Jun 23, 2015

A Hippie to the Rescue: My First Date

My first date was in October 1968, when I was in third grade.  One day a boy named Gary pushed through the recess crowds to the blacktop where we were playing army men, and asked “Wanna go to a movie Saturday? My Dad’ll drive us.”

I almost said no.  Movies, or what old people called "the show," were the main thing God hated!  But when Mom and Dad said ok, I decided to risk it. Gary had muscles, and besides, the movie was Village of the Giants (1965), starring Tommy Kirk, a cute teenager who was gay (back then all I knew was he that he seemed to like boys, not girls).

The promise of sitting next to a boy with muscles and seeing a teenager who liked boys outweighed my fear of getting God mad.

God didn’t strike out when Gary’s Dad dropped us off at the Fort Armstrong, or when Gary bought our tickets and orange-colored popcorn.  But He revealed His anger when the lights dimmed: the opening scene showed Tommy Kirk and a girl kissing! Tight close-ups of their faces smashed together!

We covered our eyes, occasionally peeking through our fingers to see if the disgusting display was over, but we couldn’t block out the smooching sounds. The ordeal seemed to last for hours. I promised God that I would never again go to to the show, if only He would make Tommy Kirk like boys again.

The story was about a weird concoction that turned some teenagers into giants. Their clothes got shredded off, so they were naked at first, and then they made togas out of theater curtains and danced in slow motion, the camera lingering lovingly on their bulging arms and sculpted torsos. It was nice to see muscles, but our deal, I reminded God, was for Tommy Kirk to like boys, not girls.

God did provide Tommy with a cute best friend, Johnny Crawford of The Rifleman, but they obviously didn’t like each other.  They didn’t even work together to save the town. Johnny Crawford grabbed a bottle of antidote  and catapulted himself onto the bosom of one of the giant girls to shrink her. The audience cheered. I wanted to go home.

When the movie was over, we stumbled out with the crowd to the sidewalk outside, where Gary's Dad would be waiting, but somehow we found ourselves in an alley between two dark-brick buildings. We followed it to a gigantic, nearly empty parking lot.  There were deserted streets on the right and left, and on the far side, the back ends of some three-story brick buildings.

“This isn’t the right way!” Gary exclaimed.
“We must’ve went through the wrong door,” I said, struggling for a logical explanation.I had never been downtown before – I had only been in Rock Island for a few months -- but I knew it wasn't supposed to look like this. The signs on the buildings didn’t make sense. The parking meters were a weird pea-green col-or. The sky was almost black.  The wind was sharp and stinging, making us shiver in our thin autumn jackets.

This wasn’t just the wrong side of the theater. We were in a whole different town, maybe a whole different world!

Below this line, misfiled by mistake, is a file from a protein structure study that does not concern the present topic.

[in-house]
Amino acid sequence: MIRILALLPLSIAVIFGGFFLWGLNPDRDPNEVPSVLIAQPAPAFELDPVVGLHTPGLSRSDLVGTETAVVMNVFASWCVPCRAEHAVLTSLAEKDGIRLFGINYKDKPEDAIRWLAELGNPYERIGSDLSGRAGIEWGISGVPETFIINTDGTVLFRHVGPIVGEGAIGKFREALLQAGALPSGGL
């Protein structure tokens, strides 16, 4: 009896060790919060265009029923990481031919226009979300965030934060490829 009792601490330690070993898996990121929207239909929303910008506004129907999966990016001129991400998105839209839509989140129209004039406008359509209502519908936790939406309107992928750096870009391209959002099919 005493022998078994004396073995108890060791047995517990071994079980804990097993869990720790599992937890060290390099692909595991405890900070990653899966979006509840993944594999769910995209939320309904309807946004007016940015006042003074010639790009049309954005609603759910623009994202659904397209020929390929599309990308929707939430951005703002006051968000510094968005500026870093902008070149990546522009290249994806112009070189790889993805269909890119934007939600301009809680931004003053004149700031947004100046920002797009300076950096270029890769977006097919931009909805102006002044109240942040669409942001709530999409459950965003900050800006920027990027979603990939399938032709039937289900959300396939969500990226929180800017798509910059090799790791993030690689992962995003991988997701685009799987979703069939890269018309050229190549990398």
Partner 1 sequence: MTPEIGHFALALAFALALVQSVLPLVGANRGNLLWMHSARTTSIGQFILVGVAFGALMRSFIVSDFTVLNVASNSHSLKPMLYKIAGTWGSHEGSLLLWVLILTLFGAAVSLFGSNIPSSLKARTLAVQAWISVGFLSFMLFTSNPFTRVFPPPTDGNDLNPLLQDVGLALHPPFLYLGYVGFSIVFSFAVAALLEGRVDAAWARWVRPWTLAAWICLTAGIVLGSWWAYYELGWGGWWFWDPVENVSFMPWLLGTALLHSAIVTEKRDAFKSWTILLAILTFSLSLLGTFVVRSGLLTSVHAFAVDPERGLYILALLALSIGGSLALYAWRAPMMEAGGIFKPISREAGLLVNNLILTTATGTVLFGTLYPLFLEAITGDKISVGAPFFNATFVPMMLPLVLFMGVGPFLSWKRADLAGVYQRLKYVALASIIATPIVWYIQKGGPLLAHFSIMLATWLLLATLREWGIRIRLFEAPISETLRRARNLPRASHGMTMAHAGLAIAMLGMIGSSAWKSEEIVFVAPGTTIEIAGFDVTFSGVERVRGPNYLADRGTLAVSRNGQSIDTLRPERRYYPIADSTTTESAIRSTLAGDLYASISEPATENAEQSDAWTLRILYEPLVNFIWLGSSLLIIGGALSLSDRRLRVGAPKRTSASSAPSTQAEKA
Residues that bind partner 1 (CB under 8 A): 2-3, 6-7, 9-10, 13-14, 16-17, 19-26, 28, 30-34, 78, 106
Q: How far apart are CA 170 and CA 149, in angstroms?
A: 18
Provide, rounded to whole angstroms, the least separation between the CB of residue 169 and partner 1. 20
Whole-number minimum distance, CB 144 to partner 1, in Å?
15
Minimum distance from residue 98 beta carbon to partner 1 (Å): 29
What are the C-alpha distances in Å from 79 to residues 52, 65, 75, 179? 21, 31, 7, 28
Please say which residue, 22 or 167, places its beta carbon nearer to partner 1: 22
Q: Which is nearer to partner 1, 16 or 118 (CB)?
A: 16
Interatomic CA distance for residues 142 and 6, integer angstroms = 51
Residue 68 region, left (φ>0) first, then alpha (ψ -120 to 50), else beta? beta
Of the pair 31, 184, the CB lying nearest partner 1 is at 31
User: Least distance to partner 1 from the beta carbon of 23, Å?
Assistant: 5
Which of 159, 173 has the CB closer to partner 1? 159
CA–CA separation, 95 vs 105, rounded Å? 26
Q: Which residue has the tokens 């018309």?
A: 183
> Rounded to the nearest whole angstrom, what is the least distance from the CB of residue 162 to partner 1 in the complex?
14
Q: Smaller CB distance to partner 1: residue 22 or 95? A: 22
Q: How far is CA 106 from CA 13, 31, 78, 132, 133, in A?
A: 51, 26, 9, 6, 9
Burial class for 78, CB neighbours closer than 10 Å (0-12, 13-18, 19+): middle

“Let’s go back to the alley,” Gary suggested. “Maybe that will take us to the right door.”

But we couldn’t find the alley again. Behind us was a solid wall of buildings! We ran around the corner, past a statue of a soldier on a horse and a billboard that showed a depressed man being rained on. We saw a  marquee in the distance, and ran toward it – but instead of  “Fort Armstrong,” it had a crazy foreign word: “Ar-cade.”

Scared, exhausted, we sat down on the curb and started to cry.

Then I heard a soft calm voice: “What’s the matter, kids?”
I looked up to see a teenager standing on the side-walk behind us. A hippie -- he had blond hair and a scraggly beard, and he was wearing hippie threads: a fringed jacket, a red tie-dye t-shirt, and bell-bottom jeans with a green belt.

 “We’re lost," I said.

“Dad won’t know,” Gary added, to clarify the situation.

“Don’t sweat it. We can find your folks – we just have to work together.” The hippie sat down on the curb and squeezed between us and wrapped his arms around our shoulders. I collapsed onto his chest.

It was hard like steel! And warm, and fuzzy with little blond hairs!

I hugged the teenager, squeezed against his hard-steel chest, breathing his acrid-sweet hippie smell. He wrapped a thick arm around me and pressed me close. Suddenly I didn’t feel like crying anymore.

“Hey, little bud, it’s ok.  Where did you see your folks last? Did they drop you off at the Arcade?”
“Fort Armstrong,” Gary whimpered. Why was he still crying? Why wasn’t he gasping with joy at the hippie’s muscles?
“We went to see Tommy Kirk,”  I explained, “But Tommy Kirk liked girls, not boys, and God was mad, and then we went out the wrong door.”

The hippie laughed. “Wal, you’re durned close, pardners – the moving picture the-ater is jest a block thataway.” We giggled at his pretend cowboy talk. He stood and drew us to our feet and took our hands.  “C’mon, I’ll take you over.”

In a few moments we were reunited with Gary’s Dad, still waiting on the sidewalk as the last of the kiddie matinee crowd came blinking from the theater. He shook hands with hippie who rescued us and gave him a quarter.

I went to the Fort Armstrong many times after that, and whenever I told the story, my friends insisted on trying to retrace our footsteps that day. We went through every door of the theater, even the one marked “Employees Only.” We circled the building, circled the block, peered into every alley. But we never found the deserted parking lot, the statue of a soldier on a horse, or the arcade where a hippie with muscles came to the rescue.